My initial thought was that it was that douchey bro from the front row of her class, but then I thought, it might be the girl who she was helping as well. I think that is what’s interesting about that scene. As a viewer, we are left to wonder which one of these little shits reported her.
After her boss tells her that she won’t be teaching next semester and to lay low, we learn that her boss is also gay. In a fast forward moment, we see Emily leave the building to find a horrified crowd looking up at her boss hanging from a walkway. The word “Faggot” is spray painted below. I still have Emily’s horrified face etched into my brain.
Emily and her wife, played by every lesbian’s first crush, Clea DuVall, are waiting in lines at the airport to get the hell outta of Jesus Town. Surprise! They aren’t real people anymore, nor is their marriage recognized by THEE LAW.
Clea DuVall and Oliver get to cross the line and leave on their flight, while Emily has to stay and clear up some newly implemented bureaucratic paperwork with the new government. I’ll admit, the airport goodbye scene had me crying. As a gay woman, married to another gay woman, living in a world in which Donald Trump is being controlled by alt-right Christian extremists, watching this gave me more than a little anxiety.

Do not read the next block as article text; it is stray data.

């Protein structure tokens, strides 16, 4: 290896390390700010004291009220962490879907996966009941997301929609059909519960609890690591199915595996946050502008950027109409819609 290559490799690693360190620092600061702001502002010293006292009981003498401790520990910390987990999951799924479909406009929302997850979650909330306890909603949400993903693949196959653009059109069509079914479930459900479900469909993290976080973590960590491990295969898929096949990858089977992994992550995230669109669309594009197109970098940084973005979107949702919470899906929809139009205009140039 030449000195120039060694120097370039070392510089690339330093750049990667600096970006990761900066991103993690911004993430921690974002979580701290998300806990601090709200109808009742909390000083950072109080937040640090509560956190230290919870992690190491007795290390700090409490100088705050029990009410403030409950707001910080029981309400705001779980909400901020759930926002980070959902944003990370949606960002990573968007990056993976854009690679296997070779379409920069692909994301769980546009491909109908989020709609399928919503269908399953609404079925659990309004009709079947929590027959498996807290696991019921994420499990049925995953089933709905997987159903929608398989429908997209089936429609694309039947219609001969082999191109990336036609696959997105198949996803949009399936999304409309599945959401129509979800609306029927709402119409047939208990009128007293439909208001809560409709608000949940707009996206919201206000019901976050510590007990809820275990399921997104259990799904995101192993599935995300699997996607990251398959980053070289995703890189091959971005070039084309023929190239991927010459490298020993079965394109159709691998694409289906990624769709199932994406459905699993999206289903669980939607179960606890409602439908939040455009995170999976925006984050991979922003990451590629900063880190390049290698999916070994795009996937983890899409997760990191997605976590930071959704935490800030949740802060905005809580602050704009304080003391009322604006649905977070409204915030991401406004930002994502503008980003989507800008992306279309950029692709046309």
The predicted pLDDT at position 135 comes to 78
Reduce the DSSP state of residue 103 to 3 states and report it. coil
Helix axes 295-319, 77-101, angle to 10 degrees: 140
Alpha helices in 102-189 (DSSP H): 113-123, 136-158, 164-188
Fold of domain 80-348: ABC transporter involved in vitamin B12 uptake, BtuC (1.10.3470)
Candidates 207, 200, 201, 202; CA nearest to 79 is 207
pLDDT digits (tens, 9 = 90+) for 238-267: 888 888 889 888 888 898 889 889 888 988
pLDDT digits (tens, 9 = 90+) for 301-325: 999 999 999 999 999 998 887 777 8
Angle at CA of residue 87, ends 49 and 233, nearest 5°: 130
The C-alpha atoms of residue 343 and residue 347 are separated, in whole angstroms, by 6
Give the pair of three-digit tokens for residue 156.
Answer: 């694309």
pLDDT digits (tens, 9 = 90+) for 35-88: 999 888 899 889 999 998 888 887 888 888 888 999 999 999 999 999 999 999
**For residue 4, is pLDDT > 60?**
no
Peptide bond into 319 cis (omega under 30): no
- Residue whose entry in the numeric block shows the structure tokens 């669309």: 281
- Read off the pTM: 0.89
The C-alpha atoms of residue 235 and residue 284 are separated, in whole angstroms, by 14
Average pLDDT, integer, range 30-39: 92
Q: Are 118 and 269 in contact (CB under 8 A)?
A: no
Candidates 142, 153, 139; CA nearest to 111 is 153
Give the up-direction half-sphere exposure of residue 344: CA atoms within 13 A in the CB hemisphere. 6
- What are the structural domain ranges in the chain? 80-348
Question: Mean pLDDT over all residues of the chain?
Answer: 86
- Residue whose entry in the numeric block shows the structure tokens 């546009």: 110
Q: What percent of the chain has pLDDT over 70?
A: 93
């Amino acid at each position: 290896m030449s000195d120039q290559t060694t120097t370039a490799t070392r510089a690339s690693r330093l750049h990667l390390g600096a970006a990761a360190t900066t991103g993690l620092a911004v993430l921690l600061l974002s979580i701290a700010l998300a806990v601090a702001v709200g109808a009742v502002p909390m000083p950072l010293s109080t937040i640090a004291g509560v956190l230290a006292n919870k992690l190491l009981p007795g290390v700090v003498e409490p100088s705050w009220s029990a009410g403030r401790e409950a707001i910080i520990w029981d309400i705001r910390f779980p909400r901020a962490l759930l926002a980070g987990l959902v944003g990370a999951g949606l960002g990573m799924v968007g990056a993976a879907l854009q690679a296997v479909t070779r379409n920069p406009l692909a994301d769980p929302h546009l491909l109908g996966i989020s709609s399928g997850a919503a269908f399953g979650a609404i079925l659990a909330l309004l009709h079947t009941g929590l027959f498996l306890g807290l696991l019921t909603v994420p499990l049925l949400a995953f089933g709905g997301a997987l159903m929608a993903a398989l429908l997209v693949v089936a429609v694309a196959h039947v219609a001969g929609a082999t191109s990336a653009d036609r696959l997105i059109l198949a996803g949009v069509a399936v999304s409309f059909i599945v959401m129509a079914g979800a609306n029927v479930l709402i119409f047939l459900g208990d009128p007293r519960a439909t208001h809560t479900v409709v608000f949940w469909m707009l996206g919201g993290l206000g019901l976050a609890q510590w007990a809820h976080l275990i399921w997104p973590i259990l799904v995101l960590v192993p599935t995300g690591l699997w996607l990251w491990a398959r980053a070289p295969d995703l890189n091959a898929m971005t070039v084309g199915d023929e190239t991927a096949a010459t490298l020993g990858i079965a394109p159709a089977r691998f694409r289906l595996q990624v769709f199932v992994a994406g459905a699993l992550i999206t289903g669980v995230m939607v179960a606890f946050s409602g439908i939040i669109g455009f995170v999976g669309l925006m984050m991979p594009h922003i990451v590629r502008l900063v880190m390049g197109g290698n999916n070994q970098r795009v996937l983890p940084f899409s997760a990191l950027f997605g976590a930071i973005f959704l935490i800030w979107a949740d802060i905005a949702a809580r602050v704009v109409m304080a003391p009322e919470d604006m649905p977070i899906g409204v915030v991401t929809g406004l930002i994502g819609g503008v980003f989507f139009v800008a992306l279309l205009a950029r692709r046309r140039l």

Alexis Bledel’s performance for this entire episode was magnificent. I never thought she would ever leave behind the shadow of Rory Gilmore, but the last scene where she watches her son and wife leave, had me close the coffin on that shadow. The nail in that coffin, was when her character poisoned the Wife.
The entire time that Emily was being kind to the Wife, I was like, yeah, I’m ok with this. It’s the decent and kind thing to do for this crazy, brainwashed cult Wife. Then, immediately after realizing that Emily had poisoned the Wife, I was like, yeah, I’m ok with this too. Is that wrong? Not in the world of Gilead. I feel that Aunt Lydia’s words sum up this new cruel world. “This may not seem ordinary to you now, but after a time it will. It will become ordinary.”
Blessed be, bitches.